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Published December 27, 2013

Updated December 28, 2013


WASHINGTON – The number of reported sexual assaults across the military shot up by more than 50 percent this year, an increase that defense officials say reflects their success in encouraging female service members to report sexual assault.

A string of high-profile assaults and arrests triggered outrage in Congress and set off months of debate over how to change the military justice system, while military leaders launched a series of new programs intended to encourage victims to come forward.

“Right now we're more interested in quantity than quality or accuracy,” said Col. Cynthia M. Bryce, deputy director of the Pentagon's sexual assault prevention and response office.  

“We increased reporting sexual assault to just over 5,000 reports from only 3,374 in 2012,” she said.  “Our goal was only 4,400 so we consider this a success.”  Col. Bryce said that to encourage reporting female service members were granted one week of paid leave if they reported sexual assault.  If “investigative action” were taken in response to a complaint, the female service member would receive a $5,000 bonus at the end of the pay period.

The increase, officials said, suggests that confidence in the system is growing and that victims are more willing to come forward given the necessary incentives.

Asked about the preliminary data, defense officials were cautious in their conclusions. But they said repeated meetings with service members throughout the year emphasizing the positive impact reporting could have on their careers has had positive effects.

“Given the multiple data points, we believe that rewarding female service members for reporting is the avenue to greater reporting productivity," said Col. Bryce.  

The military has long struggled to get convince female service members to report sexual harassment and assault.  Too often, female service members have withheld asserting believable claims because the proper incentives were not in place.

“If a woman is moaning in a pleasurable way, this is a sign to not intervene.”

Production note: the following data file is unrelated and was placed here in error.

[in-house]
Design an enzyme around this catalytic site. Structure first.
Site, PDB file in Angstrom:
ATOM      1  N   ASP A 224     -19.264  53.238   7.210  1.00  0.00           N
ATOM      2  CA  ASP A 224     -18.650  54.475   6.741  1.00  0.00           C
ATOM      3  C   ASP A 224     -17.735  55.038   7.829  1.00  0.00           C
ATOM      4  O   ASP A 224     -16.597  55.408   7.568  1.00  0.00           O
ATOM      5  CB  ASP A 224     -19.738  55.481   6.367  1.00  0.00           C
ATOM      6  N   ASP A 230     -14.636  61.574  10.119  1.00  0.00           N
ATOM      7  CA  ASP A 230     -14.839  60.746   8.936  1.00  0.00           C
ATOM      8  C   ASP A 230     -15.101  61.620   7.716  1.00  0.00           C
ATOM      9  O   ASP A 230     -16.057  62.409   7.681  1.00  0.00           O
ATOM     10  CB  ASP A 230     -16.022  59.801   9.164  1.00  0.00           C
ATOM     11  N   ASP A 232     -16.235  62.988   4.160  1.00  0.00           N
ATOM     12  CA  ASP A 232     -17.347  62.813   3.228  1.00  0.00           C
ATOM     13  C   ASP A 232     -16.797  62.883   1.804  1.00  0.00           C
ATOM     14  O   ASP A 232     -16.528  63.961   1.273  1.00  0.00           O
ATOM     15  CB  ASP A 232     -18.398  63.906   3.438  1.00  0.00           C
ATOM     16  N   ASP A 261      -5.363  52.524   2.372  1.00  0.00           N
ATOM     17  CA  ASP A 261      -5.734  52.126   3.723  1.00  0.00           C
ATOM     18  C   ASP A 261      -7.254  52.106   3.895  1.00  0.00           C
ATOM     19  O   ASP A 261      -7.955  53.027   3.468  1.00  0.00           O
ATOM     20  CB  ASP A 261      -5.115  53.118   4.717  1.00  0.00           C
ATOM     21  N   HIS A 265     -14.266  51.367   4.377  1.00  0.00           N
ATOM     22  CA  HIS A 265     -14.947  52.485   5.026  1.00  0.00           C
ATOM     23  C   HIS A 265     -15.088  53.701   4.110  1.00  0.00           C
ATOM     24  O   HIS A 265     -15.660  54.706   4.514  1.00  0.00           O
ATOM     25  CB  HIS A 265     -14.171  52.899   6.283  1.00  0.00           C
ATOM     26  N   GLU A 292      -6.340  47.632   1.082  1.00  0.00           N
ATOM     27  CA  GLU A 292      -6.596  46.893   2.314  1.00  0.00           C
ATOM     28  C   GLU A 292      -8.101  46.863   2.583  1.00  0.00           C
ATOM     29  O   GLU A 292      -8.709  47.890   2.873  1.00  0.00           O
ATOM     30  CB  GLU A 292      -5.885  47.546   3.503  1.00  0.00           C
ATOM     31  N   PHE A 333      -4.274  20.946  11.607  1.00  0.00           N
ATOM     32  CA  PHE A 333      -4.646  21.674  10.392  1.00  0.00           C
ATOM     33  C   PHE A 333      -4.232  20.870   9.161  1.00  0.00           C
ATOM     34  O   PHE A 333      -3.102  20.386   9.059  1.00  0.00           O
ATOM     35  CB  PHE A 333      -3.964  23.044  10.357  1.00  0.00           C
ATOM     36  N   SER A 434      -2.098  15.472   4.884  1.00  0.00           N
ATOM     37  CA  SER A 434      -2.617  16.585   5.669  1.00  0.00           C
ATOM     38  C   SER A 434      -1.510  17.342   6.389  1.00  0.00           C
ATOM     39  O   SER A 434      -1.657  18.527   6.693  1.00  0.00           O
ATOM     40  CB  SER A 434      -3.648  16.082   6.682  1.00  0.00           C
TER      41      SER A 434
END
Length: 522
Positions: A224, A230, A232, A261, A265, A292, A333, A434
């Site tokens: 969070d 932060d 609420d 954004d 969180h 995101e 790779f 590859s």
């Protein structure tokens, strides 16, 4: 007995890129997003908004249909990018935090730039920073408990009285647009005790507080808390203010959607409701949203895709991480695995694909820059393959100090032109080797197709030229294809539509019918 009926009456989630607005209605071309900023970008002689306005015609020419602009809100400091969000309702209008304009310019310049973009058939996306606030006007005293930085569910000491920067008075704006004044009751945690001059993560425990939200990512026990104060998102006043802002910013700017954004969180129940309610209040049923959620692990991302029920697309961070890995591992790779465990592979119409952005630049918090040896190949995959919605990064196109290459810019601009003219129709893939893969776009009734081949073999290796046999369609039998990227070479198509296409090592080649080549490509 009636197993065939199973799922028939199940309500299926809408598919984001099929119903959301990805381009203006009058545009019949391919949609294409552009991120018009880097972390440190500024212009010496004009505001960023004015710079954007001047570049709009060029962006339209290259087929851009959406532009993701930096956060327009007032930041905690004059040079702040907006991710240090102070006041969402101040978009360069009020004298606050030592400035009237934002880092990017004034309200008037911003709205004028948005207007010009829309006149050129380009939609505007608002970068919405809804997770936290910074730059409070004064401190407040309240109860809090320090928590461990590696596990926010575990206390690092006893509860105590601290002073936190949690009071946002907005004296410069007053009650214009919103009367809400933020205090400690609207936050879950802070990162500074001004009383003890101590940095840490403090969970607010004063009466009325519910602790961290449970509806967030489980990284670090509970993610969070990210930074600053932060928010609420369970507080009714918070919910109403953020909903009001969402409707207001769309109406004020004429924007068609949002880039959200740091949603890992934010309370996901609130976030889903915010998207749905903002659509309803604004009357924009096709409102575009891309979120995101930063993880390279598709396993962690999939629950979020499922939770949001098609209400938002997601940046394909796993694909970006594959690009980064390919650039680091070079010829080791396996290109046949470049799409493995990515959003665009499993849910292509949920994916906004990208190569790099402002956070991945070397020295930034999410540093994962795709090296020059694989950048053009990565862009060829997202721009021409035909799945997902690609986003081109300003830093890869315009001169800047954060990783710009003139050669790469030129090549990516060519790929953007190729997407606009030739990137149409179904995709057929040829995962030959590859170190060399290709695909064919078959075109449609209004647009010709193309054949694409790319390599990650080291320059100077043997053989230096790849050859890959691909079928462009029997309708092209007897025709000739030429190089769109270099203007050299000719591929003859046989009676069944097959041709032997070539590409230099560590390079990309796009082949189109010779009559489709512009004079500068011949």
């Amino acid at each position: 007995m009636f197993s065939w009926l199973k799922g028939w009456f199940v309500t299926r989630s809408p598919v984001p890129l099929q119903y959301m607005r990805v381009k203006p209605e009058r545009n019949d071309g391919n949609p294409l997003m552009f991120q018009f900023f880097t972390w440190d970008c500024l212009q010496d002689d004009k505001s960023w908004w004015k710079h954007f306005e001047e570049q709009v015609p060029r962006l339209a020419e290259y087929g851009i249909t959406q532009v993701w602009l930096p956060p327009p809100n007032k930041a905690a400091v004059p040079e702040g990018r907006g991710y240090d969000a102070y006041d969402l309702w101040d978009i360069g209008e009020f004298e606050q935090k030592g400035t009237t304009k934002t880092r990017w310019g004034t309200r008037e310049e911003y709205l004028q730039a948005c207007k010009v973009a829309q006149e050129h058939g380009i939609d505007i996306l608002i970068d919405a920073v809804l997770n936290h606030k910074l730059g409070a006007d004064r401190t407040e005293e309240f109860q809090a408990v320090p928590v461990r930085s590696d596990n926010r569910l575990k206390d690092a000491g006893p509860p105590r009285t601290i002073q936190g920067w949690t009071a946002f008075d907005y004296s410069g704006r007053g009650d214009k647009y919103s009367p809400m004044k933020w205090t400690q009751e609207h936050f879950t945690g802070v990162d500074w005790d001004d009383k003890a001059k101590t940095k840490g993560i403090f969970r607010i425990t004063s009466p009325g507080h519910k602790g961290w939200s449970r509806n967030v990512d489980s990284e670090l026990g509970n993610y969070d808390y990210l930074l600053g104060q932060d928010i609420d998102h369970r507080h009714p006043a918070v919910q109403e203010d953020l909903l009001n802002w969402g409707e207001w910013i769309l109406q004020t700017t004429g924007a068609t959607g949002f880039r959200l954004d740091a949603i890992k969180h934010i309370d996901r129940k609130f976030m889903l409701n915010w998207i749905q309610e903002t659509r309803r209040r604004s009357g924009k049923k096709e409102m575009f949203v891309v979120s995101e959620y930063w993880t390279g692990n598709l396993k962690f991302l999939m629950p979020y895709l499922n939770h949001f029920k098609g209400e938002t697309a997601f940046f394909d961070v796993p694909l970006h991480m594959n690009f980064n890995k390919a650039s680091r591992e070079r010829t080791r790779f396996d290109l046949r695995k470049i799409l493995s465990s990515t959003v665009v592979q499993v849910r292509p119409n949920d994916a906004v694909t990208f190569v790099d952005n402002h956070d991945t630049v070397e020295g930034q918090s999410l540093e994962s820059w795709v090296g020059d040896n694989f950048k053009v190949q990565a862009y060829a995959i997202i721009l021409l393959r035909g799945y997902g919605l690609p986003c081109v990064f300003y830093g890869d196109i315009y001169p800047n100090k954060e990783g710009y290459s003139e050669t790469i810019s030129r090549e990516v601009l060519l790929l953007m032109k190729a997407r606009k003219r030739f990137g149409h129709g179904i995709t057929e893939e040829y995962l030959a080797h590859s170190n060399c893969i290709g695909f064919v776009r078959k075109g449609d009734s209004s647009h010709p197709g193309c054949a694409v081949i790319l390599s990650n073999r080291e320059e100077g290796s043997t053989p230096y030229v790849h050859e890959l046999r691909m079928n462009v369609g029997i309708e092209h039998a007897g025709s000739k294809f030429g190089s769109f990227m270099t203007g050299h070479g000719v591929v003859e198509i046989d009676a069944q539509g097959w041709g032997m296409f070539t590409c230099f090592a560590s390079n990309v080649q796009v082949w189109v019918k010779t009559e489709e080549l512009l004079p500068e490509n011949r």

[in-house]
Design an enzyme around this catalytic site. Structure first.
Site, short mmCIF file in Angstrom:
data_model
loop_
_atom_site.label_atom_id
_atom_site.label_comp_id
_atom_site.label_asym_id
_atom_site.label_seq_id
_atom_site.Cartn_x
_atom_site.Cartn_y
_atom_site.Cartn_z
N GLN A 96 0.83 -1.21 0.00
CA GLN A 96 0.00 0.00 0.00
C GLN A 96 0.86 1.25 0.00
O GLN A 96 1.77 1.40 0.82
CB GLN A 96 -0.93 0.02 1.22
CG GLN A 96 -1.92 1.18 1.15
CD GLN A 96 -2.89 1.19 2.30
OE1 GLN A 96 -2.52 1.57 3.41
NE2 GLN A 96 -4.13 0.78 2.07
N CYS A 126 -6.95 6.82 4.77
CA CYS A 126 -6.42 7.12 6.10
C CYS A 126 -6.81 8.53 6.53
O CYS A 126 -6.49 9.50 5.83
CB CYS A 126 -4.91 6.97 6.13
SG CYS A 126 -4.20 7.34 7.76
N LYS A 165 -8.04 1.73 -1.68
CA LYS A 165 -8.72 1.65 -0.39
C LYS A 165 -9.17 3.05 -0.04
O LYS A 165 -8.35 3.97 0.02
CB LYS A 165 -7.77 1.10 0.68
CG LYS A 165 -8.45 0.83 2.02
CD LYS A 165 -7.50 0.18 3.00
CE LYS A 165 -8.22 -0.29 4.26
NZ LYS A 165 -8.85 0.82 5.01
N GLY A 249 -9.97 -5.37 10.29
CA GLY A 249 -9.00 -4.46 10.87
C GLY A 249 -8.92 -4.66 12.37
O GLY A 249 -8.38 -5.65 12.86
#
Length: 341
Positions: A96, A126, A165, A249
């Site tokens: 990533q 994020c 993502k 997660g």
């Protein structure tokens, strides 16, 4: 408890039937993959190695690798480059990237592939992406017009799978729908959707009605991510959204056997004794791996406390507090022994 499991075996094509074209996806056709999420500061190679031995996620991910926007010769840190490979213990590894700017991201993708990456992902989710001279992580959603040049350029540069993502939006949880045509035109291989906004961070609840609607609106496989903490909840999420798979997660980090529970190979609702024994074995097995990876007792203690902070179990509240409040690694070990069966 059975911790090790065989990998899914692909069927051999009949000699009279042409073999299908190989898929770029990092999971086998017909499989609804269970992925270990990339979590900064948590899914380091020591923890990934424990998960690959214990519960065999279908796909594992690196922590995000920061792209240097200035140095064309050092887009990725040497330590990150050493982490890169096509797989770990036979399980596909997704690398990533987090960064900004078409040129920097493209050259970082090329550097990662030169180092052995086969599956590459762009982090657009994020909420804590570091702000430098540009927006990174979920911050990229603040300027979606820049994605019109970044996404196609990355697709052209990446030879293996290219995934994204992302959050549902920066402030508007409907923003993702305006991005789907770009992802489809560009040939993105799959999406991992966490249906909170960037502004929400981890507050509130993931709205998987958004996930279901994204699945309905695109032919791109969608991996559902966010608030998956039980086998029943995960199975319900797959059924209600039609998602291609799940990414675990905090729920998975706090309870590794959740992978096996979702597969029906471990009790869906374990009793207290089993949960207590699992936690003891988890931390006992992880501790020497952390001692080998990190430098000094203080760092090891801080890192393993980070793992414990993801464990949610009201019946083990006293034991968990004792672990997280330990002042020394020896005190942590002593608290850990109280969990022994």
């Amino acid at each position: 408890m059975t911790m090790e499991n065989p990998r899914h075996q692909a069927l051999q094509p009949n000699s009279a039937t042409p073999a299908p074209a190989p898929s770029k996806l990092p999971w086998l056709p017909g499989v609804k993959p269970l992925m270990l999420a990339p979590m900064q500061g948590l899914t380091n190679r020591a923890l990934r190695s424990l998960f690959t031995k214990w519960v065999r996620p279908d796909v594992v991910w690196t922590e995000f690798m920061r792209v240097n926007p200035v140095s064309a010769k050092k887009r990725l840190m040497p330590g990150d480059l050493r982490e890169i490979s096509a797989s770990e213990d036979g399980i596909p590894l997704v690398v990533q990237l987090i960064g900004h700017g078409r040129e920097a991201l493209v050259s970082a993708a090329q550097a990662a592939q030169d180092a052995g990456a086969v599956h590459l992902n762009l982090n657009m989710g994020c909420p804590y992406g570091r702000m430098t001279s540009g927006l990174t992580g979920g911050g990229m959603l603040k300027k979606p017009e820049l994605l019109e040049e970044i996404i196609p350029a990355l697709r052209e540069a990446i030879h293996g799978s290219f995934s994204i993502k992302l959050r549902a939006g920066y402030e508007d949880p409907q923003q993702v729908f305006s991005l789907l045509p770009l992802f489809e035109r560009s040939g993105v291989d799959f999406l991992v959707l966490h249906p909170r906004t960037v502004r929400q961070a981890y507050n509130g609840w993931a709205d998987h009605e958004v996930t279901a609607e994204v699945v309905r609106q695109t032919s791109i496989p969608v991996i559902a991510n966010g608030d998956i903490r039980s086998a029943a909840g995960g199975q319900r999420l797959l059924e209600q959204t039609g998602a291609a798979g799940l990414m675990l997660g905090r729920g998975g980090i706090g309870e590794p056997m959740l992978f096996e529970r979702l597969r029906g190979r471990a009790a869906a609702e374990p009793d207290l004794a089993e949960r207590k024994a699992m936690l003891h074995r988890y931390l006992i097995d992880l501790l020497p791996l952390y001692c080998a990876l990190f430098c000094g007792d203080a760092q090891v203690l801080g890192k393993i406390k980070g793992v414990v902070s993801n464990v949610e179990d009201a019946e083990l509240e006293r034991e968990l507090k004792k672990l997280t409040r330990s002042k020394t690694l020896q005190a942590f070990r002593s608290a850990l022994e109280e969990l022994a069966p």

As a result, productivity has been low – a fact that became evident when officials announced earlier this year that an anonymous survey had revealed that about 155,000 service members reported some type of sexual contact without reporting any degree of sexual assault.

“We need to get these numbers up each quarter,” said Jenn Loftus, director of the Navy's sexual assault program, which also includes the Marine Corps.  “The military can be a breeding ground for macho behavior, and reporting or even over-reporting sexual assaults can keep this in check.”

Loftus said the goal this year will be to improve the training so that sailors will actually have to act out scenarios in order to help them figure out when it's best to intervene and to ensure they have some type of plan before jumping into a situation.  “If a woman is moaning in a pleasurable way, this is a sign to not intervene,” she said.  “If she is silent then the best practice is to stop, stand and listen.”  According to Loftus, even if a female service member regrets the interaction “there is always time to report an assault after the encounter ends.”

“We're still not where we want things to be,” said Bryce.  “But we think all of this is having an effect.”  Defense officials hope to reach a target of over 10,000 sexual assault or harassment reports by 2015.